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A Whisky Beginner’s Guide to Sherry Casks

What is Sherry?

Like Scotch for whiskies produced in Scotland, Sherry refers to aged wines produced in the wine-growing region of Jerez, Spain. It is worth noting that not all the wines produced in this region can be labelled as Sherry. The production has to follow the specific processes set by Consejo Regulador (Regulatory Council). In addition, with the latest regulatory update, Sherry no longer has to be fortified (adding a distilled spirit into the wine). However, it still has to contain a minimum alcohol strength of 15 degrees.


When you dine at a restaurant and see labels such as Jerez (the Spanish word for Sherry) and Xérès (the French equivalent), rest assured that they all refer to Sherry. Just a friendly tip: don’t ask for “a glass of Sherry.” That’s where I got it wrong! Sherry is, in fact, a collective term for 8 different wine styles: Fino, Manzanilla, Amontillado, Palo Cortado, Oloroso, Pedro Ximénez, Moscatel, and Cream (which can be further categorized into Medium, Pale Cream, and Cream Sherry). These styles mainly differ in: (a) production location (Fino vs Manzanilla), (b) grape varieties (traditionally Palomino Fino, Pedro Ximénez, or Moscatel. The new regulation has included six more varieties), and (c) aging process (biological aging and/or oxidative aging). Of all the Sherry wine styles, six are most relevant to whisky. Therefore, I’ve made a cheat sheet for the characteristics of these six Sherry wine styles.


Sherry Wines


The Real Sherry Casks

To understand why people lament the quality of Sherry casks used in whisky maturation nowadays, let’s take a step back and talk about the OG. What are Sherry casks, really?

American white oak is often used to make barrels for the aging of Sherry, because it is widely available, provides good breathability, and is low in tannins. Now comes the surprise (at least to me)! Although new oak barrels might be used at the fermentation stage (a practice that has mostly been replaced by steel tanks), Sherry is actually aged in old, inactive oak barrels.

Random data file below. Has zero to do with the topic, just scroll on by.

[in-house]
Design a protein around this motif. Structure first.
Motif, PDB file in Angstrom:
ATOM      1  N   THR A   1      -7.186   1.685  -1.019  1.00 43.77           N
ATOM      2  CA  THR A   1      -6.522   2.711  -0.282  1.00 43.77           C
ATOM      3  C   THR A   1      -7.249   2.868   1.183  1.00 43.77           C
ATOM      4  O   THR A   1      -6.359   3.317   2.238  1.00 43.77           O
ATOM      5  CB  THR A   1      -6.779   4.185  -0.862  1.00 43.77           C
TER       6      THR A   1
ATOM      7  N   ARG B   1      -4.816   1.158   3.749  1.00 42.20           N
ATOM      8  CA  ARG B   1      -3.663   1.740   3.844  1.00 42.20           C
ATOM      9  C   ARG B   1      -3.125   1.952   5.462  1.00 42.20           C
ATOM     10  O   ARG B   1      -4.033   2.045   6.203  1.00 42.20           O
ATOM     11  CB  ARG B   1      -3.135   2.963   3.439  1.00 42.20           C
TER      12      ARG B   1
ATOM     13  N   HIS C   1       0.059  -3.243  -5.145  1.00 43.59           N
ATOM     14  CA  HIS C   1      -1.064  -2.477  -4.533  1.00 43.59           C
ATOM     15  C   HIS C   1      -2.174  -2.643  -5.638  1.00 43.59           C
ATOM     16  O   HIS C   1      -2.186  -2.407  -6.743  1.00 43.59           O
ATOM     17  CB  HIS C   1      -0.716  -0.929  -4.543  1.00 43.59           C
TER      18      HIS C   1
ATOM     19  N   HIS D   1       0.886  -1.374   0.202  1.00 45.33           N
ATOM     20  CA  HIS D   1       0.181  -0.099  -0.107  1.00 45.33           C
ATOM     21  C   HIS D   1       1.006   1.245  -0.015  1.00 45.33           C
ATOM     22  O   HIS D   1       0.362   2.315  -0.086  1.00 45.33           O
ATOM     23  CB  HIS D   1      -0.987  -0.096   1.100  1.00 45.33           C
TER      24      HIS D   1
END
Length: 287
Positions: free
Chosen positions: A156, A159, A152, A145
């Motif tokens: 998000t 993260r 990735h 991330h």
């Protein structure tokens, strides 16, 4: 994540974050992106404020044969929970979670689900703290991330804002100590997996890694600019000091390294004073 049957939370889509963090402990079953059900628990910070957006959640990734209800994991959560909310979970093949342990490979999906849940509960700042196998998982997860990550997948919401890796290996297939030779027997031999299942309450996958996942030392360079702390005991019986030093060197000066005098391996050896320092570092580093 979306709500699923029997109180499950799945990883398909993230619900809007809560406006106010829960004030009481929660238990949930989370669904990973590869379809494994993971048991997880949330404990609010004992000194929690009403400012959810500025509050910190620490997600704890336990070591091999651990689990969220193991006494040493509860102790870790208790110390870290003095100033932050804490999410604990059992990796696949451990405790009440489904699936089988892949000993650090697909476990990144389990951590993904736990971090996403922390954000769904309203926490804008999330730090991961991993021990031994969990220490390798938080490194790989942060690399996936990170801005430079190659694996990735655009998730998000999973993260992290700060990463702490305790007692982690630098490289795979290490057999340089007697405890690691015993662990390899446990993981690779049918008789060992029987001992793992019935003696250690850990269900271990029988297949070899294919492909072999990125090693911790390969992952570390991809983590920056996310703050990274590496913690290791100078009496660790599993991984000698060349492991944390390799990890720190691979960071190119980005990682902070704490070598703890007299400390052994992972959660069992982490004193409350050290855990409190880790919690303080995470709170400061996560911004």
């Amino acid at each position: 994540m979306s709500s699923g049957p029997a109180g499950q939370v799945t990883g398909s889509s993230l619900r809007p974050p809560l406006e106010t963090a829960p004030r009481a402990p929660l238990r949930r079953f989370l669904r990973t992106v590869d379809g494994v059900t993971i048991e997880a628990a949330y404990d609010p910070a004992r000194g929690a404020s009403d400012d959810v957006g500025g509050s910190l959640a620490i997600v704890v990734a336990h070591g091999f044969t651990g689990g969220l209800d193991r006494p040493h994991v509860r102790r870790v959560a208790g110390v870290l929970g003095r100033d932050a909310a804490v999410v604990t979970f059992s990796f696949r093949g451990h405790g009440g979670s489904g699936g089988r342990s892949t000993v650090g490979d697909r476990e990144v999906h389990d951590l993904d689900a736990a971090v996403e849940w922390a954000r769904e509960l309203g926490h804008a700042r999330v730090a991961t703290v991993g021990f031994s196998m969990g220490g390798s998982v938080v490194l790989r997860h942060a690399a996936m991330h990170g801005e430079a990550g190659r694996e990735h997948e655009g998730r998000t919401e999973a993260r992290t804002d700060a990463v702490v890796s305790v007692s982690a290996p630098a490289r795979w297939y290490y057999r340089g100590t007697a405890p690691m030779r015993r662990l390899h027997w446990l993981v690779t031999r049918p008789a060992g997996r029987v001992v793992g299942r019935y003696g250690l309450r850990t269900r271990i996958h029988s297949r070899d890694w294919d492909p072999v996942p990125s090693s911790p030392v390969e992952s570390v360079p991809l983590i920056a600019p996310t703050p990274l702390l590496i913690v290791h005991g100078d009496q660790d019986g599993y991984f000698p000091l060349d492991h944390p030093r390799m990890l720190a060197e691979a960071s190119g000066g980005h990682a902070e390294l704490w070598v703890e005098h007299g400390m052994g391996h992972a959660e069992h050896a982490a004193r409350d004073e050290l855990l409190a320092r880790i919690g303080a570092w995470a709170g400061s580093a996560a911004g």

Unlike other wine makers who try to “arrange a perfect marriage” between wood and fermented grape liquid, Sherry makers want the oak barrels without the wood impact. Why is that so? It is said that wood tannins tend to inhibit flor during the aging process. Also, Sherry makers simply don’t want wood flavors and tannins in Sherry wines. To avoid that, Sherry makers commonly use 600-liter oak barrels (three times bigger than standard American Bourbon barrels) for a lower wine-to-wood ratio.


In addition, before an oak barrel is “qualified” for the job of Sherry maturation, it has to be first used to ferment grape musts or to age young fortified wines for a minimum of 3 years by law (but often much longer in practice). That means that by the time an oak barrel is used to age Sherry, the impact of wood has more or less been exhausted. In fact, Sherry doesn’t get flavors from oak barrels. Instead, it gets flavors mainly through oxidization. It might also soak up some aromas from the young fortified wines previously aged in these oak barrels.


Sherry Casks in Whisky Maturation

Now you know the specific requirements of oak barrels for Sherry maturation. You might think, like Bourbon casks, the Sherry casks used in whisky maturation are the oak barrels retired from Sherry maturation, right? Nope! Not even in the good old days! This was another revelation to me.


In the good old days, the Sherry casks used in whisky maturation were oak barrels used to transport aged Sherry from Spain to UK. Originally made from European oak, these transport casks had a capacity of 500 liters. Similar to the oak barrels for Sherry maturation, these transport casks were first used for fermentation or short periods of maturation, so as to reduce wood impact during transportation. Then, they were filled with aged Sherry and shipped to UK. Until the aged Sherry was bottled, it could stay in these transport casks for up to several months. During this process, a good amount of aged Sherry would seep into the wood pores. As you may guess, it didn’t make economic sense to ship these empty transport casks back to Spain. So, they were sold to the whisky industry for re-use.